Steven Levitsky & María Victoria Murillo in the Journal of Democracy


April 8, 2013


In their article, "Building Institutions on Weak Foundations," Columbia professor of political science María Victoria Murillo and Harvard professor of government Steven Levitsky  discuss institutional weakness in Latin America. The article appears along with analyses by other regional experts in a special section of the April 2013 issue of the Journal of Democracy , entitled "Lessons from Latin America."

Murillo and Levitsky observe that many Latin American democracies lack the ability to adequately and evenly enforce their laws, and that formal rules change repeatedly, making it difficult to predict when violations will be sanctioned or not. According to the authors, Latin America's patterns of institutional change, even during periods of military-led transitions, makes the region an exception to established models of institutional development: "Latin American relity poses a challenge to both punctuated-equilibrium and gradual models of institutional change," the authors write.

"Rather than being infrequent and radical or ongoing and gradual, institutional change in much of Latin America is frequent and radical," say the authors, who point out that in nations such as Bolivia, the Dominican Republic, Ecuador, Peru and Venezuela, constitutions "were replaced at least ten times during the first century of independence," and add that these patterns persist in some countries, such as Ecuador, which has changed its constitution twenty times since independence. Murillo and Levistsky refer to this pattern of frequent and radical change as "serial replacement."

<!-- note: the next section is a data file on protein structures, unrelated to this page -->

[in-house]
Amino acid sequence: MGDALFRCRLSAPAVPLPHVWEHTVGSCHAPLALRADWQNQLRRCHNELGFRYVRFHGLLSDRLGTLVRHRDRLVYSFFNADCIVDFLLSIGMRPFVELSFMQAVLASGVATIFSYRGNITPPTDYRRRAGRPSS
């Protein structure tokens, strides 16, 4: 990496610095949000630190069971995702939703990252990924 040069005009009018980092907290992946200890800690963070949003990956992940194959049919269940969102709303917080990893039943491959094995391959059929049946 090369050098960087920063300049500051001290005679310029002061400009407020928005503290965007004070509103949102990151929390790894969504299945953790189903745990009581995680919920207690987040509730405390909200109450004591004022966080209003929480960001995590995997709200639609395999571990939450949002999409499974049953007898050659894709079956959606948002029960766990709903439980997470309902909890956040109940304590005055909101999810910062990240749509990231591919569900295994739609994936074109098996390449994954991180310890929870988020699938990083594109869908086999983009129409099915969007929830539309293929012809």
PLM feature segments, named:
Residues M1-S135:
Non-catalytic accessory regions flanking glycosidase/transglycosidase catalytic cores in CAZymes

Murillo is a member of the editorial board of Americas Quarterly. To read an AQ review of her recent book, Political Competition, Partisanship, and Policy Making in Latin American Public Utilities (2009), click here.

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